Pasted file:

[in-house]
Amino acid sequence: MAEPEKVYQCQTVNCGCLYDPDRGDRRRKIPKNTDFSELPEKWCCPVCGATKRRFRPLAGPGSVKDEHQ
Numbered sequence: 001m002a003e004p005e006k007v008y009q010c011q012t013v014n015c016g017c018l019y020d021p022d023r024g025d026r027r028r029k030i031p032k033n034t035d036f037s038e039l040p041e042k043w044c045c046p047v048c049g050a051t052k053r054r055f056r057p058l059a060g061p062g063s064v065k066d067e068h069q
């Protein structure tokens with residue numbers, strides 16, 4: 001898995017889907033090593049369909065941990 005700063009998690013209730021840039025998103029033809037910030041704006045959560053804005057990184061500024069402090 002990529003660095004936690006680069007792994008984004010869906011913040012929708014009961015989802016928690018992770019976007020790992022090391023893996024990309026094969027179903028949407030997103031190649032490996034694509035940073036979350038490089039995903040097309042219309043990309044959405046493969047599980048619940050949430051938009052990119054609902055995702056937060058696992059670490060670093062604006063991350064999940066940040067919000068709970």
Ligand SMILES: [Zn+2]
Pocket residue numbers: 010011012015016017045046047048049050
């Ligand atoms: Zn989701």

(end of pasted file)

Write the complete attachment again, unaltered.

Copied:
[in-house]
Amino acid sequence: MAEPEKVYQCQTVNCGCLYDPDRGDRRRKIPKNTDFSELPEKWCCPVCGATKRRFRPLAGPGSVKDEHQ
Numbered sequence: 001m002a003e004p005e006k007v008y009q010c011q012t013v014n015c016g017c018l019y020d021p022d023r024g025d026r027r028r029k030i031p032k033n034t035d036f037s038e039l040p041e042k043w044c045c046p047v048c049g050a051t052k053r054r055f056r057p058l059a060g061p062g063s064v065k066d067e068h069q
């Protein structure tokens with residue numbers, strides 16, 4: 001898995017889907033090593049369909065941990 005700063009998690013209730021840039025998103029033809037910030041704006045959560053804005057990184061500024069402090 002990529003660095004936690006680069007792994008984004010869906011913040012929708014009961015989802016928690018992770019976007020790992022090391023893996024990309026094969027179903028949407030997103031190649032490996034694509035940073036979350038490089039995903040097309042219309043990309044959405046493969047599980048619940050949430051938009052990119054609902055995702056937060058696992059670490060670093062604006063991350064999940066940040067919000068709970």
Ligand SMILES: [Zn+2]
Pocket residue numbers: 010011012015016017045046047048049050
């Ligand atoms: Zn989701």